Cetaceans primarily use two strategies to counter acoustic masking: (1) they increase the amplitude of their vocalizations (Lombard effect) and (2) they shift signal characteristics of their vocalizations. These responses increase the likelihood that the callers are heard through increased volume (1) or occupying a frequency with less spectral clutter (2). In areas saturated with noise pollution, many species of cetaceans exhibit the Lombard effect, which is an increase in the volume of vocalizations in the presence of excessive noise [72,73]. Bottlenose dolphins in Sarasota Bay, Florida responded to temporary increased sound bouts by increasing the intensity of their overall vocalizations, but the shift was not congruent among signature and non-signature whistles [73]. The dolphins shifted the intensity of their signature whistles less than their non-signature whistles [73]. Bottlenose dolphins respond to whale watching vessels by increasing the frequency of calls with an upward shift by up to 1.99 kHz [72]. Separate populations of killer whales of the Puget Sound and off the coast of Iceland responded to potential masking risks by calling louder [72,74]. Some species battle acoustic masking by fundamentally altering the frequency and duration of their calls. In addition to the Lombard effect, killer whales also responded to vessel noise by modulating their vocalizations, by increasing the durations of their calls [75]. Over just a few decades, right whales have shifted their calls to higher frequencies and decreased calling during peak background activity [76]. When exposed to vessel, naval, and air gun noise pollution of right whales, fin whales, Balaenoptera physalus, and grey whales, Eschrichtius robustus, change fundamental spectral characteristics, including the frequency components of their calls [76,77,78]. These responses to acoustic masking may have an indirect fitness reduction on species, and not every species responds the same. Although these changes may not be large percentages in the total hearing and vocal production range of cetaceans, shifts in the frequency of whistle production decrease the propagation of calls, and may decrease the efficacy of communication increasing energetic efforts, impacting the nutrition and health domain.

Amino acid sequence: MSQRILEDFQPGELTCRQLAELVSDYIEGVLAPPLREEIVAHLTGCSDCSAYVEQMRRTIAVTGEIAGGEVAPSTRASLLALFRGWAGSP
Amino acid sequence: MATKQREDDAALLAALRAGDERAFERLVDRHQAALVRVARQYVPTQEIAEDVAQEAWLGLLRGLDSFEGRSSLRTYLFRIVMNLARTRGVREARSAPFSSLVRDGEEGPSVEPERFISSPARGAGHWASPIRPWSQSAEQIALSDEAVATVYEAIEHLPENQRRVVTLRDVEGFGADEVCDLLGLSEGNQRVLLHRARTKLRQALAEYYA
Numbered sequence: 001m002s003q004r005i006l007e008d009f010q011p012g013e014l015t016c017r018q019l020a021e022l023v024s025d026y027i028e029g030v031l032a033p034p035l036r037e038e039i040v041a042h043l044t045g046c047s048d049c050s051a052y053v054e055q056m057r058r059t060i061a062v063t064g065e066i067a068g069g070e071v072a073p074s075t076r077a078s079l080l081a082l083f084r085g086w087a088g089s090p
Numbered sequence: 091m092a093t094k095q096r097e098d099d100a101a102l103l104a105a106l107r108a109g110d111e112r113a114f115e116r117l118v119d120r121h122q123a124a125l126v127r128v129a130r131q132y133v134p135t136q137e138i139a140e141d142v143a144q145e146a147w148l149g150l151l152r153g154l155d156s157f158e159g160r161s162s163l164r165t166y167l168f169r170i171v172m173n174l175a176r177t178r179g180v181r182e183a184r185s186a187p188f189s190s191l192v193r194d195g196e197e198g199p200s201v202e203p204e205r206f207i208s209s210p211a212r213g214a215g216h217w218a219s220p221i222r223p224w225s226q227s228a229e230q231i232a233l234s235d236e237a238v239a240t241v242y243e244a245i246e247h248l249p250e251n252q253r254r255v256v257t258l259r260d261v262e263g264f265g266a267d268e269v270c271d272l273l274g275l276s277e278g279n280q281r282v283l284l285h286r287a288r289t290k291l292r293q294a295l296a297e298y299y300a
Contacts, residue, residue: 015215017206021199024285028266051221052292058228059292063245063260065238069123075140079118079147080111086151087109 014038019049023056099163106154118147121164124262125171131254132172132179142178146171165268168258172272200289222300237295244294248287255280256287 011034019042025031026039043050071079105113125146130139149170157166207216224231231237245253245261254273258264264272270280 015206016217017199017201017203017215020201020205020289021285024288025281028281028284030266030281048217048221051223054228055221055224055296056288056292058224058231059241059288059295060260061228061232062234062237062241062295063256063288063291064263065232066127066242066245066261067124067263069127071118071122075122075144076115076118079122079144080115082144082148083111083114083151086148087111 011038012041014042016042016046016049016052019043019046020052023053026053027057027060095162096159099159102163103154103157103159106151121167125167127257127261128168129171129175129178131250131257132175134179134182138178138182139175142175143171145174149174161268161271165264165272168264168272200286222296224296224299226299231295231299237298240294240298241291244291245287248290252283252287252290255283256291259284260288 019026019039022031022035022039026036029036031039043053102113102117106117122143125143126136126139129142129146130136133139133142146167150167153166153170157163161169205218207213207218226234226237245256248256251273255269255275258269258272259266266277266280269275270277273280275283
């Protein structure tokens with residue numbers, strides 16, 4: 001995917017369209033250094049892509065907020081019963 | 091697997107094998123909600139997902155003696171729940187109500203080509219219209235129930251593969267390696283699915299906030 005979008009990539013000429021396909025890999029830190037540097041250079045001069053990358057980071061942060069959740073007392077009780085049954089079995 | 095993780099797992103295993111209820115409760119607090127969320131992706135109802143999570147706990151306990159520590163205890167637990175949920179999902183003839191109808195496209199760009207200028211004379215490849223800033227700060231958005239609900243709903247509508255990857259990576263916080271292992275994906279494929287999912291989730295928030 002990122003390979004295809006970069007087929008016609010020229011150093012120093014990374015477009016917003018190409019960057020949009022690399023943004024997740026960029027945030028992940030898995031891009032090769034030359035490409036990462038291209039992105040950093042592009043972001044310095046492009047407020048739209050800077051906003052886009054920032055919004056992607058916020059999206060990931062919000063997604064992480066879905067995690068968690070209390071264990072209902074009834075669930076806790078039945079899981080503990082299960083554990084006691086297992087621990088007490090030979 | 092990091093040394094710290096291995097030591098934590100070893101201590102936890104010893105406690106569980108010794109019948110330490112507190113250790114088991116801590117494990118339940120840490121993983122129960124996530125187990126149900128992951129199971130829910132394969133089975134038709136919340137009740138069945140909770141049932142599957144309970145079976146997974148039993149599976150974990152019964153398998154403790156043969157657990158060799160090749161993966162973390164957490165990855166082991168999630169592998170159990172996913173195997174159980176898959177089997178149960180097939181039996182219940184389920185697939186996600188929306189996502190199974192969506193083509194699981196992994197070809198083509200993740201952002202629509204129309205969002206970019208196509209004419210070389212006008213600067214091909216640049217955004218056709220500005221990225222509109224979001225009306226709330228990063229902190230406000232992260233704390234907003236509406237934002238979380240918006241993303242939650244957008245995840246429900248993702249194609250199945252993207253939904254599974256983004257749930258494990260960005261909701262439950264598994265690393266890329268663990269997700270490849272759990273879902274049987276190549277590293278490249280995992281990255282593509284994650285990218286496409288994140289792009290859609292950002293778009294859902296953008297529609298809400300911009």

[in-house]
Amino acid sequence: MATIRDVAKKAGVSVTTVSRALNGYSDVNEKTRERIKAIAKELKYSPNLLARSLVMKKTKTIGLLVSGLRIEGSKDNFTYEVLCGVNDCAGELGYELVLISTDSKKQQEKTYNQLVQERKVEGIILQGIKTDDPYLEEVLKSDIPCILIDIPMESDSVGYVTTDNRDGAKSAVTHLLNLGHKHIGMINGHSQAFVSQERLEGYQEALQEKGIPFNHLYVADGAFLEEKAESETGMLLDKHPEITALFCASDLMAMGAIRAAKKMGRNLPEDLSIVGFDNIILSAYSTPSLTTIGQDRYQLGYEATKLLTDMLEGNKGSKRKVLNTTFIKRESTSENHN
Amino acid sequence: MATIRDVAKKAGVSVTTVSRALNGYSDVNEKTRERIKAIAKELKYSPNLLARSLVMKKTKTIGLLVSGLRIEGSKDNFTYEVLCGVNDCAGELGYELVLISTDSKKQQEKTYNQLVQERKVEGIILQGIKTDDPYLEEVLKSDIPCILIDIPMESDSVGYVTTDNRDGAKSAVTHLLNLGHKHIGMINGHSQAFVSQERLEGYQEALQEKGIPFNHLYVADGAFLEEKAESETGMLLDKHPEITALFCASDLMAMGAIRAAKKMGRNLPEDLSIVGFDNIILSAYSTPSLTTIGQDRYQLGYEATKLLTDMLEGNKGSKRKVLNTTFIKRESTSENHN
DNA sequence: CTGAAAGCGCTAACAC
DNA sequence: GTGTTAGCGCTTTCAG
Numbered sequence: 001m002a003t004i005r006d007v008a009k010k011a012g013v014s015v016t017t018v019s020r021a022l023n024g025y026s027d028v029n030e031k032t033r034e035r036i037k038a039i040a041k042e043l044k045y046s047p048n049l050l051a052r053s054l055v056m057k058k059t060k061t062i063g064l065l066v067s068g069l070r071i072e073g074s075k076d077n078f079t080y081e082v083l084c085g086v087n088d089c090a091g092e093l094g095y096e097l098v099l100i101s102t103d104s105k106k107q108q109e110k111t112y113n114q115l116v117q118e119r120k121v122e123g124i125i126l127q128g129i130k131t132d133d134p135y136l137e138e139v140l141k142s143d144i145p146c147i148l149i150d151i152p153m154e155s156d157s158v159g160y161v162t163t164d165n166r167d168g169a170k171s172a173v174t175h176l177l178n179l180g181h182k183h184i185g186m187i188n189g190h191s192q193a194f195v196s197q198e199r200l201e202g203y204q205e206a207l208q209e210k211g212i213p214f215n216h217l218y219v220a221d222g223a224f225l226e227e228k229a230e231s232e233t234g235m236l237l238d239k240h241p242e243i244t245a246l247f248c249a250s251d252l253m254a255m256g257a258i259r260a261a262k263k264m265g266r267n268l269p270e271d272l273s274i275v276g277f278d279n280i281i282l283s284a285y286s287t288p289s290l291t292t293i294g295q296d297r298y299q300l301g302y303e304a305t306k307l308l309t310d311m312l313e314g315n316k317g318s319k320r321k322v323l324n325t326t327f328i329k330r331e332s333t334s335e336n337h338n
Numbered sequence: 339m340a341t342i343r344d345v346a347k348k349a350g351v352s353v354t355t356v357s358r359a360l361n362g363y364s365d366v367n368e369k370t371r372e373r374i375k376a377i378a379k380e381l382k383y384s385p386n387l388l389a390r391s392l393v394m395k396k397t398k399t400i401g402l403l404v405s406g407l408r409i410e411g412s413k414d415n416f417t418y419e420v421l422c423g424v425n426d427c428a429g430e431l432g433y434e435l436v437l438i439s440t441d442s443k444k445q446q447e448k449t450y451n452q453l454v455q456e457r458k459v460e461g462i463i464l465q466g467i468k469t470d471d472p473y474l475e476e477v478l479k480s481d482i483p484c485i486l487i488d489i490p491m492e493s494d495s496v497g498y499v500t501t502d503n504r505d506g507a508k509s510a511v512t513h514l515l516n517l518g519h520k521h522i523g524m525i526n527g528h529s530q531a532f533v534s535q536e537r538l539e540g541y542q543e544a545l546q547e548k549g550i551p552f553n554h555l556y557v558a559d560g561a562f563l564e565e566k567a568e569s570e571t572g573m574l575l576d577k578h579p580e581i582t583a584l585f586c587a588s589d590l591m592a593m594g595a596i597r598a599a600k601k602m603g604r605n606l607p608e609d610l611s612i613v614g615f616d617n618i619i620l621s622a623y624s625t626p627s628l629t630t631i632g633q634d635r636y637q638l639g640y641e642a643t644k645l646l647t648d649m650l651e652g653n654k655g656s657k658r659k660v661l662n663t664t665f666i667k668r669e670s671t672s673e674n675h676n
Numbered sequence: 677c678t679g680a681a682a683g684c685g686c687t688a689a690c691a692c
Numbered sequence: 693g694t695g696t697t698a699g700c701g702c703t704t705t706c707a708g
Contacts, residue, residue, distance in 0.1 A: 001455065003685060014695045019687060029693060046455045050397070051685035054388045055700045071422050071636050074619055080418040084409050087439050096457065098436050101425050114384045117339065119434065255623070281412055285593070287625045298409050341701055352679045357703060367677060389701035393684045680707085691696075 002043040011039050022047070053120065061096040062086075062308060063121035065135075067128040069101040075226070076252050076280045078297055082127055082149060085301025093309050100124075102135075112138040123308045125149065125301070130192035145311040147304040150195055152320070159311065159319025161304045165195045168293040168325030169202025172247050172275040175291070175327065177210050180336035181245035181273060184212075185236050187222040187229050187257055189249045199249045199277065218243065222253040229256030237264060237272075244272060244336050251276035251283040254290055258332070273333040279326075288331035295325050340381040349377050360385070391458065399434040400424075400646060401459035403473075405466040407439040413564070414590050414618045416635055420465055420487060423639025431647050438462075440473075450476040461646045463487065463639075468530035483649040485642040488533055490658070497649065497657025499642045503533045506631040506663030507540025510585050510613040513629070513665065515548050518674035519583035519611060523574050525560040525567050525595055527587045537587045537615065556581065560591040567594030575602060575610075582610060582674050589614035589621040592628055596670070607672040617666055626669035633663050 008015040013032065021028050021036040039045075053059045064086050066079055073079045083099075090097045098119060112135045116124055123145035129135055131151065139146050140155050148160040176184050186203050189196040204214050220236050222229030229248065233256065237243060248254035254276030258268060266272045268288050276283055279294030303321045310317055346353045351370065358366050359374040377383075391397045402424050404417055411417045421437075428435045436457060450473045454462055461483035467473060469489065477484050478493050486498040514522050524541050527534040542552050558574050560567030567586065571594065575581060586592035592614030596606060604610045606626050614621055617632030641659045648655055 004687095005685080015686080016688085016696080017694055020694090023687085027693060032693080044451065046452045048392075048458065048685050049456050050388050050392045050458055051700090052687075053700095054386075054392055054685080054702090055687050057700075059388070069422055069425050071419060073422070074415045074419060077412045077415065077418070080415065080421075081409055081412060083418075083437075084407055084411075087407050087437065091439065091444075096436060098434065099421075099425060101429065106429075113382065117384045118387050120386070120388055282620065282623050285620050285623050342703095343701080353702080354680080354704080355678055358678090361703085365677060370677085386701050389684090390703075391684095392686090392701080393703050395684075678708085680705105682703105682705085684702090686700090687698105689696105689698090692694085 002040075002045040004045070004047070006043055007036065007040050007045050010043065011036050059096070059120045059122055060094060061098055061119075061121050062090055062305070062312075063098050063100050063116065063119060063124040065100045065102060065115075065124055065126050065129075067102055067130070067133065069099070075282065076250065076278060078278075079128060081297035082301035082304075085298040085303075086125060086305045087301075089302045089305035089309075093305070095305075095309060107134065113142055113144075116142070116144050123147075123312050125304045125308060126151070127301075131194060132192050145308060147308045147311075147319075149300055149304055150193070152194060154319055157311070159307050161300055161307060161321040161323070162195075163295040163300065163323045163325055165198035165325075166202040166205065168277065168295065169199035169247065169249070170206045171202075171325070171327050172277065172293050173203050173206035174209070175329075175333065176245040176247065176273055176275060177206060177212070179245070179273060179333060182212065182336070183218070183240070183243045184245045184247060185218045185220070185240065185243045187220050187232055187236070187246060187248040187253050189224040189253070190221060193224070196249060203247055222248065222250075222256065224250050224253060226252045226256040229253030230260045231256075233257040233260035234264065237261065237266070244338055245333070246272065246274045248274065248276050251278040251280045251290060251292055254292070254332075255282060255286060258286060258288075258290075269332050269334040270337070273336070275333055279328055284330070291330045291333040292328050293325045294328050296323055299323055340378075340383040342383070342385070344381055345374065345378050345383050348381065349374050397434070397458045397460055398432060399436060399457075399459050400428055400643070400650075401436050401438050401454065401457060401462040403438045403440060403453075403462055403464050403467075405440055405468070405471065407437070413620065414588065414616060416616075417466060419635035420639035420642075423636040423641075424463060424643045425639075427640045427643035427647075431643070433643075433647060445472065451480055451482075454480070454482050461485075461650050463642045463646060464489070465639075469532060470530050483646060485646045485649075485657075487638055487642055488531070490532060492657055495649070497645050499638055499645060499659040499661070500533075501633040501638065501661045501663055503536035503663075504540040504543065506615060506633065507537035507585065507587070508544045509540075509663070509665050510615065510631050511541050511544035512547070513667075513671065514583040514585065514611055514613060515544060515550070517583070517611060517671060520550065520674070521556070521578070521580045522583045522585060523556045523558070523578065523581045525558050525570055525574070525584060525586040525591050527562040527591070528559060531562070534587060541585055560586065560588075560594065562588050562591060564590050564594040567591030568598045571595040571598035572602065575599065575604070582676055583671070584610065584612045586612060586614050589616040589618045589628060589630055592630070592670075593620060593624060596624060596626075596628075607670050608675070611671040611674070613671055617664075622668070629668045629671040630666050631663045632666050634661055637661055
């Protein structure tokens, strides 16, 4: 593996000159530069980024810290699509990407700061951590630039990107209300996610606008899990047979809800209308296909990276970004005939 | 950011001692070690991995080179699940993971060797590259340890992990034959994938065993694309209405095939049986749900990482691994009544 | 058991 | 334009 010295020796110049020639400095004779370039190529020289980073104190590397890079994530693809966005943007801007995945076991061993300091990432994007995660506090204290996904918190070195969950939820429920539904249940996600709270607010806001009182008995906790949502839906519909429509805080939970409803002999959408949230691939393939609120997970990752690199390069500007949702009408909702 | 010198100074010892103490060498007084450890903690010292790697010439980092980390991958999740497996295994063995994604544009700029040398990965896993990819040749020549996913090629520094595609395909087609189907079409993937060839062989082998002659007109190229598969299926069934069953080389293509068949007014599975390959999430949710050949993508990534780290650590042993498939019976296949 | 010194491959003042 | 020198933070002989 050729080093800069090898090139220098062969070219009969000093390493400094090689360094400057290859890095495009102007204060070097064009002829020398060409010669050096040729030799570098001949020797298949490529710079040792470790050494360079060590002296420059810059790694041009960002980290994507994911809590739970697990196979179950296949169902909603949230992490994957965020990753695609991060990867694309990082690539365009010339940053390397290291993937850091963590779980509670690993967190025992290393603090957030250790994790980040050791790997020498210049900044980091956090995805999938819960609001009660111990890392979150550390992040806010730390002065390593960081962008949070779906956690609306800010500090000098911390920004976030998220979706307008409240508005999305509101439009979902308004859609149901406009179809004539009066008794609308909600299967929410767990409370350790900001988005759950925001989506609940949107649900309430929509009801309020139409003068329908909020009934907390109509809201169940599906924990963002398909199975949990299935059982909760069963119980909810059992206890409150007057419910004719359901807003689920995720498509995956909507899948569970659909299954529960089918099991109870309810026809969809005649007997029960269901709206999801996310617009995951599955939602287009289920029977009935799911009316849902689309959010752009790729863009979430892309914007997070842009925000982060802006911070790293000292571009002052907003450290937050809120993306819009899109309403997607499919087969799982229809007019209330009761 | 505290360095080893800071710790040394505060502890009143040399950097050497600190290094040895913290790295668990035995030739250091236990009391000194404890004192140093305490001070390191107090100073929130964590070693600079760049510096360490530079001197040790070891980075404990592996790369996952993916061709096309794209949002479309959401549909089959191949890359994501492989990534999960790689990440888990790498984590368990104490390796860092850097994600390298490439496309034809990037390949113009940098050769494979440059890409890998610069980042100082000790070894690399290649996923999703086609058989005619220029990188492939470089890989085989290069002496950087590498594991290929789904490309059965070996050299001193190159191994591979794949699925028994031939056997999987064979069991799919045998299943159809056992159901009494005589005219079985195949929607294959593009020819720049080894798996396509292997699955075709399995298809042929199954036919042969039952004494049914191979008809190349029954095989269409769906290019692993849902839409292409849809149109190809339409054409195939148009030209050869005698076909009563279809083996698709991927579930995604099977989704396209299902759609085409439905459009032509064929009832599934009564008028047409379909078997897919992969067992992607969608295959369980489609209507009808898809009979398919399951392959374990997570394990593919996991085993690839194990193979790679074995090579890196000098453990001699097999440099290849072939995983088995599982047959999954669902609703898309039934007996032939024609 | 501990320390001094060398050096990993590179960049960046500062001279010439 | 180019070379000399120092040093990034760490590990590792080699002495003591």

Some populations of cetaceans respond to the increased presence of noise pollution by changing their vocal behavior, including the modification of vocal production rates. Moreover, they display avoidance tactics. Changes in vocal production rates have been marked across many species. Beaked whales and right whales reduce call rates in high noise conditions. When harassed by operating vessels near Sado Estuary, Portugal, bottlenose dolphins mean overall call rates decreased, and the dolphins displayed significantly reduced click rates [79]. Bottlenose dolphins off Sarasota Bay, Florida, are exposed to vessels passing as close as 100 m every six minutes. When approached by vessels, these dolphins temporarily increased whistle production, then call rates decreased after the vessels left [44]. Disruptions in communication may possibly affect bonding, social structures, learning opportunities provided by mother to calves, and successful hunting, all of which in turn jeopardize the health of populations. Smaller cetaceans that are within the very-high-frequency hearing group have a shorter threshold for noise exposure, and it is not unreasonable to surmise that they experience increased negative welfare outcomes, due to increased levels of anthropogenic noise. Heaviside’s dolphins, Cephalorhynchus heavisidii, relax acoustic crypsis (an anti-predation acoustic modification where the sound producer operates at a higher or lower frequency than is detectable by predators) to increase echolocation range which may expose them to higher risks of predation by eavesdropping predators [80]. This reduction in acoustic crypsis may be further impacted by increased levels of anthropogenic noise. Studies on the impact of anthropogenic noise on very-high-frequency species kept in captivity, such as Commerson’s dolphins, Cephalorhynchus commersonii, would provide instrumental information for shy wild species that are difficult for researchers to study. For example, acoustic crypsis in the presence of anthropogenic noise may be studied in Commerson’s dolphins by setting up a simple playback experiment. Potential experiments focusing on acoustic welfare in very-high-frequency species using a playback methodology could focus on respiration rates (a common dependent measurement used in facilities to assess increased metabolic function due to potential stress), displacement from the sound source, or other welfare metrics.